Do You Really Know What Your Readers Want?

what your readers want - woman reading

As bloggers, we make all kinds of choices — how many columns should our blog be, what should I write about, how can I make money?

These choices and all the other choices we have to make can be tough, but it gets easier if we ask ourselves this question: Do you really know what your readers want?

Too often I see bloggers filling their blog with promotional stuff designed to help out blogger friends or make money. Ads are placed right at the beginning of a post, making it hard to read the post, just to make more money. Now, I’m not knocking those bloggers, but at the same time I think they are putting other considerations before their readers, and I think in the long run that will lose you readers.

Why It’s Important to Put Readers First

Let’s talk first about what the other considerations are, besides what your readers want. Here are a few:

  • Money. If you put ads all over the place, with flashing images and video and audio, maybe pop-up ads as well, and all the ads in prime territory (meaning the spots that readers look at first on a page), the theory is that you’re going to make more money. Unfortunatley, such ads can be annoying to readers, and one emotion you don’t want your blog to evoke is annoyance. If your blog is annoying, you won’t keep many readers for too long. What about successful blogs that do this? There are plenty of examples. I would argue that these blogs are successful in spite of these ads. They would probably have kept many more readers without them.
  • Traffic. You can (sometimes) draw a lot of traffic with flashy headlines and pictures, without bothering to write great content to match. That’s fine if you just want readers to go to your site once and never come back. But if you want them to stay, and to subscribe and keep coming back, you have to really deliver on your promises.
  • Other bloggers. Sure, it’s nice to link to other bloggers, and help them out by promoting their best content and even ebooks and other things like that. I’m a fan of staying connected with other bloggers and linking to them when relevant. But if you do so just for the sake of doing so, without thinking about whether your readers really want to read about another product being sold by another blogger, you’re making a mistake. Your readers come to your blog for specific reasons, to read about certain topics and to get useful or interesting reads. If you give them stuff they don’t want too often, they will stop coming back.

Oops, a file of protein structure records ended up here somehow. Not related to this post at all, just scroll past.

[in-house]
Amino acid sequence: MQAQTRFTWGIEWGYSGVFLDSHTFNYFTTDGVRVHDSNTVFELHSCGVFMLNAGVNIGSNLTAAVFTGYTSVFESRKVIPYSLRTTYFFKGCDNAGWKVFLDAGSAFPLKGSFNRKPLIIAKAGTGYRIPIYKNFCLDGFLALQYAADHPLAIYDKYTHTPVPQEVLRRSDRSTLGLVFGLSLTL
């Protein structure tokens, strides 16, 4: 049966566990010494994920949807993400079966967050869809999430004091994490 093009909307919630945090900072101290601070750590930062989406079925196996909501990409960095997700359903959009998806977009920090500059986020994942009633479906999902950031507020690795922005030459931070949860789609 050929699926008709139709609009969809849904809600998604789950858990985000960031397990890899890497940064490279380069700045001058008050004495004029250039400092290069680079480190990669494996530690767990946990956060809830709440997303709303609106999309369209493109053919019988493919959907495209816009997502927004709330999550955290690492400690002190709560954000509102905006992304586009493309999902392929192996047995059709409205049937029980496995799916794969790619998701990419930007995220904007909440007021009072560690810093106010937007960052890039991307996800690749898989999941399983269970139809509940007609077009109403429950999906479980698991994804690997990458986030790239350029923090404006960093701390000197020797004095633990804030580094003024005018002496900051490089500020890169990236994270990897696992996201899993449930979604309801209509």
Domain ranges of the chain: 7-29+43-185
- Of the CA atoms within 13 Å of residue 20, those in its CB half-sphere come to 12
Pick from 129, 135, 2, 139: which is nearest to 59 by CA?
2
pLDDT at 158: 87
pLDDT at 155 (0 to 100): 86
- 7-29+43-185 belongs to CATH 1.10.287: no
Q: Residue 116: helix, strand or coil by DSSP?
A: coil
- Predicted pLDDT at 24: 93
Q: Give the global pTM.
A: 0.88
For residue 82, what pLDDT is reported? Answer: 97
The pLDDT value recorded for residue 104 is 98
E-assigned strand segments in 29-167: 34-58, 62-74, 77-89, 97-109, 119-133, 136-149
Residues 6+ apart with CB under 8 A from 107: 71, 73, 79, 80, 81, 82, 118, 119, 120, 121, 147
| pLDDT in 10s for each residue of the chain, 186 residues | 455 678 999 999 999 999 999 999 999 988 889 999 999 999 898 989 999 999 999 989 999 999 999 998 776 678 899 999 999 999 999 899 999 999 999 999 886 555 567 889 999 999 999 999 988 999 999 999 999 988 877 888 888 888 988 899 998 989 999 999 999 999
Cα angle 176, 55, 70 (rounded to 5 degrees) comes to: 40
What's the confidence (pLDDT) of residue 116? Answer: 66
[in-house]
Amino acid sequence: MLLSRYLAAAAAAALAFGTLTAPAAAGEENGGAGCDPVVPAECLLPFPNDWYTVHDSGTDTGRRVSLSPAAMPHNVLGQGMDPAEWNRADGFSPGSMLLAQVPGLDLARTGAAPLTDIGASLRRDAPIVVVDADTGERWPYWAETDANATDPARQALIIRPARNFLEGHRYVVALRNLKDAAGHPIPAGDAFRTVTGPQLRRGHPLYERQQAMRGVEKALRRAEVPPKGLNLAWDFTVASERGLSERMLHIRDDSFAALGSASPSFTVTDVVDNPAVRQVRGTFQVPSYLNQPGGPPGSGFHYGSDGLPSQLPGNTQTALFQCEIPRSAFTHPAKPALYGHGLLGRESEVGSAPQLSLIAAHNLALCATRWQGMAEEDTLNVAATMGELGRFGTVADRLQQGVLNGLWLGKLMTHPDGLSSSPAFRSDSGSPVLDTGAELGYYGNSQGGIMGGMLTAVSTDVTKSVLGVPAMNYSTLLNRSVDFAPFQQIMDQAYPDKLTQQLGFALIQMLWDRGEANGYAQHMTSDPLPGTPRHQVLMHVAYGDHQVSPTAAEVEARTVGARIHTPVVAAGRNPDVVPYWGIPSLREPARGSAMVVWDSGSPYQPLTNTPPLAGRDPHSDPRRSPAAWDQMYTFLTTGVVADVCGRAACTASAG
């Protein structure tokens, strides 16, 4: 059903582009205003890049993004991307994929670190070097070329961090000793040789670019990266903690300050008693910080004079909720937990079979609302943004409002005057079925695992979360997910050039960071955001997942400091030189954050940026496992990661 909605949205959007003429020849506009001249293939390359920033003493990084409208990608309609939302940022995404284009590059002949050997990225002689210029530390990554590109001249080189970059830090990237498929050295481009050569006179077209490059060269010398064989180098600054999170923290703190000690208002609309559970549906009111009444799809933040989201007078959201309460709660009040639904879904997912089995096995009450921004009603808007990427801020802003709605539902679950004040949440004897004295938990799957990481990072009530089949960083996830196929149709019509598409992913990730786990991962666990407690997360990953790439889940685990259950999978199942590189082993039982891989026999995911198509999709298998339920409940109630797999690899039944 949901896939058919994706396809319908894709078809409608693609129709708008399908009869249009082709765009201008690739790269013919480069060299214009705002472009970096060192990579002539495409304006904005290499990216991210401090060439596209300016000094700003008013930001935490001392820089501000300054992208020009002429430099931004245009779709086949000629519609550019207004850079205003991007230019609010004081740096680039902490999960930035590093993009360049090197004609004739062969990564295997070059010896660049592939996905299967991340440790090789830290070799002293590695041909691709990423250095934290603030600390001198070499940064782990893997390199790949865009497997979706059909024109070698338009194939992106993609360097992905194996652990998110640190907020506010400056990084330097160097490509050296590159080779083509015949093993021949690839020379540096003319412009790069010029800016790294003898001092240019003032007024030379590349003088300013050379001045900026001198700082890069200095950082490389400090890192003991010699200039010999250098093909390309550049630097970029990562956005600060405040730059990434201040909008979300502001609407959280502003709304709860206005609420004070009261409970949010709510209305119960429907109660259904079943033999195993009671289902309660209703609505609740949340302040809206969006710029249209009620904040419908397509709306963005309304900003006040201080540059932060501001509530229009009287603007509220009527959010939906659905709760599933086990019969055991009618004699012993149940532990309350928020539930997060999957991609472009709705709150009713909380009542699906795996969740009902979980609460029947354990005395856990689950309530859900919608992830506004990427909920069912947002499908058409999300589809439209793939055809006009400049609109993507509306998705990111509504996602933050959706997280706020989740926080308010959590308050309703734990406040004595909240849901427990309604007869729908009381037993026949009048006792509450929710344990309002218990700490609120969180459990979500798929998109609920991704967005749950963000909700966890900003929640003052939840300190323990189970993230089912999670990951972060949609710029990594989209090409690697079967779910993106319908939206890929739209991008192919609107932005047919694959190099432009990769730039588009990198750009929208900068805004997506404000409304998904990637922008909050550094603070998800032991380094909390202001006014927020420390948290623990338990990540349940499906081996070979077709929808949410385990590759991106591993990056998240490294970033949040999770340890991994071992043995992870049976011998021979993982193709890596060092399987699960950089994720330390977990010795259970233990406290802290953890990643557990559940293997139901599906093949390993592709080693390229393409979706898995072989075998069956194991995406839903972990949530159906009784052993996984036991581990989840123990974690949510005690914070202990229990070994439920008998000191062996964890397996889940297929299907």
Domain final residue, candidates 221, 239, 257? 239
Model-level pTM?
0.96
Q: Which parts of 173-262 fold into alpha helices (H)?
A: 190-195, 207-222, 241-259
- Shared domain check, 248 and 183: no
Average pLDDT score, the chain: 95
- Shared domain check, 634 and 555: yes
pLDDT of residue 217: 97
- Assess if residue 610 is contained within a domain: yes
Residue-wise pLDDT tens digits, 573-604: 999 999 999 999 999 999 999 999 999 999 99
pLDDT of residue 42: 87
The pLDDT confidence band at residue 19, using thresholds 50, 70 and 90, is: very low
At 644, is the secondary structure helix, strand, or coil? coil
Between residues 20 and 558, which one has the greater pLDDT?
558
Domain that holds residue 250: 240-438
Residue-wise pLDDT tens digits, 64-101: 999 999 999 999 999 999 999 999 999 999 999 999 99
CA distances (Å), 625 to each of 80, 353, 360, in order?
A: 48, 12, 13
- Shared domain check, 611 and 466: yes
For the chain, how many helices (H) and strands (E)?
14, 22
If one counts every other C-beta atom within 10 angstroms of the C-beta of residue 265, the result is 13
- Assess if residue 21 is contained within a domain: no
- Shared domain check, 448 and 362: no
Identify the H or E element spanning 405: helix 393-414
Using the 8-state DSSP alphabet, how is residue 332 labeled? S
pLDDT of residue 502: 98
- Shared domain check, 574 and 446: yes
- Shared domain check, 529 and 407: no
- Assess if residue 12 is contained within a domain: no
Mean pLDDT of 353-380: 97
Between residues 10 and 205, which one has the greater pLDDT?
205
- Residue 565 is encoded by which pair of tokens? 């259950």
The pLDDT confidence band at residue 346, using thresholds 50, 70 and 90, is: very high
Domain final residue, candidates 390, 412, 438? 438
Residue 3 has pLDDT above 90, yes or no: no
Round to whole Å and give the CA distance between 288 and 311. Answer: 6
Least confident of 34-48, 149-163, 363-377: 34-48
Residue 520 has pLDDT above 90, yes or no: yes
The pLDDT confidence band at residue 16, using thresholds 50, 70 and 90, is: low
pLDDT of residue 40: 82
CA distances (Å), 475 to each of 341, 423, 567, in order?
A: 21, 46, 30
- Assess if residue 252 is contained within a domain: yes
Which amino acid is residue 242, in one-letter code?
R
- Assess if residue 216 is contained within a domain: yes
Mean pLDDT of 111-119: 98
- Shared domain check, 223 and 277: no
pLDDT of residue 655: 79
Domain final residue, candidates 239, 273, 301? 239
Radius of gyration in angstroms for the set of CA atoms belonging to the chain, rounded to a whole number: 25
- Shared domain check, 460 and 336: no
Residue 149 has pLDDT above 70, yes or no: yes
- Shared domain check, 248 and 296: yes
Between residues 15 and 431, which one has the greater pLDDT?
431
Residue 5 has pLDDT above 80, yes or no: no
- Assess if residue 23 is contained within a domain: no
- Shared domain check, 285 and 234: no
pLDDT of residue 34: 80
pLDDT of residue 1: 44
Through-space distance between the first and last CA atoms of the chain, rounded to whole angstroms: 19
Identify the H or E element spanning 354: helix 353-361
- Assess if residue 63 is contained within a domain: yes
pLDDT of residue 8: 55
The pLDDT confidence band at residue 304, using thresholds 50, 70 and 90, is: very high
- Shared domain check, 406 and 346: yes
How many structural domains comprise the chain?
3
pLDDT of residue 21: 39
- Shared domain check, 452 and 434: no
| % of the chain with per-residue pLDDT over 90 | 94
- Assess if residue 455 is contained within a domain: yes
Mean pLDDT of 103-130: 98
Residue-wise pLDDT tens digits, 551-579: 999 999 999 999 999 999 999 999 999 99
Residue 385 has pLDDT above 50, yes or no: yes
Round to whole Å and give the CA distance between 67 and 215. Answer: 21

• Your ego. It’s good to share some of yourself with your readers — it helps them connect with you, to see why you’re an authority on a topic, to learn about the personality of the blogger they’re reading. But there’s a difference between sharing yourself and just flat-out promoting yourself, and if you cross the line too often you’ll turn off your readers. I’ve crossed this line a couple times myself and when I find readers reacting a certain way to what I’ve written, I ask myself if my ego got in the way.

There are other considerations, but the most important one is the reader. Why? Because that’s the person who matters most, for most bloggers. OK, maybe you’re a blogger who doesn’t care if anyone reads his stuff. If that’s you, then go ahead and screw the reader.

But if you’re like me, and you actually want people to read and enjoy your writing, and want them to find it useful or at least worth their while, then you have to care about what your readers want. You have to picture the reader in your mind as you make your decisions, and ask yourself, “What would my readers want?”

If you do that, they’ll keep coming back.